Chromoscopy and Adenoma Detection in Lynch SyndromeChromoscopy and Adenoma Detection in Lynch Syndrome
Is chromocolonoscopy more effective than standard colonoscopy at detecting adenomas in patients with Lynch syndrome? The American Journal of Gastroenterology
DEAR MAYO CLINIC: I am considering undergoing genetic testing to see if I have the gene mutation that causes Lynch syndrome. Because of my family history, I already have regular colonoscopies even though I?m only 41. What would knowing I have the mutation change as far as how I?m monitored for colon cancer? ANSWER: Knowing [...]
ConclusionPatients with LS have an increased risk of MC, especially CRCs. With a median time period of 24 months between colonoscopy and metachronous CRC, the interval between surveillance colonoscopies following primary CRC should not exceed 18 months, especially in patients with MSH2 mutation.
AbstractPurposeLynch syndrome (LS) is associated with a high risk of colorectal cancer (CRC). The aim of this study was to assess the cumulative risk for the development of colorectal adenomas or carcinomas in a LS CRC surveillance program and to audit the quality of the endoscopic procedures.MethodsWe evaluated 147 asymptomatic LS mutation carriers, without previous CRC, in a surveillance program with colonoscopy every 12 –18 months, between 2005 and 2016. Data was obtained by retrospective review of colonoscopy reports and hospital clinical files. The main outcome was assessed using Kaplan–Meier curves. ...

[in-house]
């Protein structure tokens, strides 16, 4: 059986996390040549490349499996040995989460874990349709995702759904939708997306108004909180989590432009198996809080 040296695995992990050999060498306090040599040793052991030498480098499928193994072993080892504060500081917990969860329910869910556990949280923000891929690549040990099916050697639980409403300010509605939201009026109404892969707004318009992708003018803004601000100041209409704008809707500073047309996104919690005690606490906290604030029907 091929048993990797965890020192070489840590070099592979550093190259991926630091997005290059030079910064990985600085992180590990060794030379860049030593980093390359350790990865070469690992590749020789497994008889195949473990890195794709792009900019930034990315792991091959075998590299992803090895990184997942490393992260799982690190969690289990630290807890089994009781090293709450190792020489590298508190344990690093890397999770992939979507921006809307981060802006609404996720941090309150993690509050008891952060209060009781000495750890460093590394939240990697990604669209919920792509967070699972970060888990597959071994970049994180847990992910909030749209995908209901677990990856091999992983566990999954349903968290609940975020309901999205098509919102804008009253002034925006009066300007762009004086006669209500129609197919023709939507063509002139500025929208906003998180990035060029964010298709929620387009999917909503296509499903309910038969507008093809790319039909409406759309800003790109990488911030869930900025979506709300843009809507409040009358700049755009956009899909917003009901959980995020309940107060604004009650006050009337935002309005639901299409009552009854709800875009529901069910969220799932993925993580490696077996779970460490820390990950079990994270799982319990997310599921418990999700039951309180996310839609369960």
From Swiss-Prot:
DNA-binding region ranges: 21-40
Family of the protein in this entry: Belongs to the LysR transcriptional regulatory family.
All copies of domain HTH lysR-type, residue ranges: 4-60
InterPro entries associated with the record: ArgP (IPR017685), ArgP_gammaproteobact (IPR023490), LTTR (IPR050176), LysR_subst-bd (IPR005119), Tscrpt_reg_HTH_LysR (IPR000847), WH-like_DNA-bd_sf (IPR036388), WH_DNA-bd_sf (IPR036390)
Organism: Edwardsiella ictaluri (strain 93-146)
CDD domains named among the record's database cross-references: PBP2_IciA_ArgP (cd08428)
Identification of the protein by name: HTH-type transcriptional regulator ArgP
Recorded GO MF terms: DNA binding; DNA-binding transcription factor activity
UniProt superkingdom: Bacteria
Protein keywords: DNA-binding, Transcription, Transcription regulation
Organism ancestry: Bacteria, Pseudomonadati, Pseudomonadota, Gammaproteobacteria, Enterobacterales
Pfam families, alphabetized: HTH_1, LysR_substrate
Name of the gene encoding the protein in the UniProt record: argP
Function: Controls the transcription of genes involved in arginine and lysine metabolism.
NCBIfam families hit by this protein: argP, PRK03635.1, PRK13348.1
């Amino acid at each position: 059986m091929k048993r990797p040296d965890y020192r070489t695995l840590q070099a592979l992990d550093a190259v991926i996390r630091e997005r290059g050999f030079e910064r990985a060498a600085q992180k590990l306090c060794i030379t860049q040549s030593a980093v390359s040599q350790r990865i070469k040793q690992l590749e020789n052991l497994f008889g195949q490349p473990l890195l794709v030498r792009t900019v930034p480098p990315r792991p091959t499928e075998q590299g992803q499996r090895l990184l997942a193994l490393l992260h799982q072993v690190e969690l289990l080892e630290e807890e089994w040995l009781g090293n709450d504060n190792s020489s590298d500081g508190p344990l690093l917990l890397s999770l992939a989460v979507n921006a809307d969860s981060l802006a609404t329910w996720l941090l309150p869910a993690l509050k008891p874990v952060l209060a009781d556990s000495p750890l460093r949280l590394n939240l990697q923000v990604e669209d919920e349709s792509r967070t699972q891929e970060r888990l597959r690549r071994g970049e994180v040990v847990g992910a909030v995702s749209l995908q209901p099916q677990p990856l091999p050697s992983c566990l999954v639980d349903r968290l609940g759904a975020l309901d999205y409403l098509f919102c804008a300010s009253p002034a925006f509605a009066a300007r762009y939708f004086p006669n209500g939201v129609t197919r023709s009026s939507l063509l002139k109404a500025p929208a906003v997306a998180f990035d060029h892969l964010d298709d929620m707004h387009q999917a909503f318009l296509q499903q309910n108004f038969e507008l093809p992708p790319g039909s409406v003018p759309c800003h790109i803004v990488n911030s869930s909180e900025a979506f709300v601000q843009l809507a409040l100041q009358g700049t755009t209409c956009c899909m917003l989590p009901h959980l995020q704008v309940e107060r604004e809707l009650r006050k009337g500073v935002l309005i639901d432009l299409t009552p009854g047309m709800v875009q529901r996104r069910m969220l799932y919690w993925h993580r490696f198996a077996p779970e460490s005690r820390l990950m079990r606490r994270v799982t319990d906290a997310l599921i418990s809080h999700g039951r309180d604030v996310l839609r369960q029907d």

Conditions: Lynch Syndrome; Colonoscopy Intervention: Diagnostic Test: Colonoscopy Sponsors: Academisch Medisch Centrum - Universiteit van Amsterdam (AMC-UvA); FUJIFILM Europe GmbH Not yet recruiting
Conclusion: A proinflammatory potential of the diet does not seem to be significantly associated with CRT risk in persons with LS.
ConclusionsThe hypothesis that the high incidence of CRC inpath_MLH1 carriers was caused by a higher incidence in the Finnish series was not valid. We discuss whether the results were influenced by methodological shortcomings in our study or whether the assumption that a shorter interval between colonoscopies leads to a lower CRC incidence may be wrong. This second possibility is intriguing, because it suggests the dogma that CRC inpath_MLH1 carriers develops from polyps that can be detected at colonoscopy and removed to prevent CRC may be erroneous. In view of the excellent 10-year overall survival in the Finnish and non-...
Conclusion: A proinflammatory potential of the diet does not seem to be significantly associated with CRT risk in persons with LS. PMID: 28931533 [PubMed - as supplied by publisher]
Background Individuals with hereditary non-polyposis colorectal cancer (HNPCC) have a high risk of colorectal cancer (CRC). The benefits of colonic surveillance in Lynch syndrome and Amsterdam-positive (familial CRC type X familial colorectal cancer type X (FCCTX)) families are clear; only the interval between colonoscopies is debated. The potential benefits for families not fulfilling the Amsterdam criteria are uncertain. The aim of this study was to compare the outcome of colonic surveillance in different hereditary subgroups and to evaluate the surveillance programmes. Methods A prospective, observational study on the ...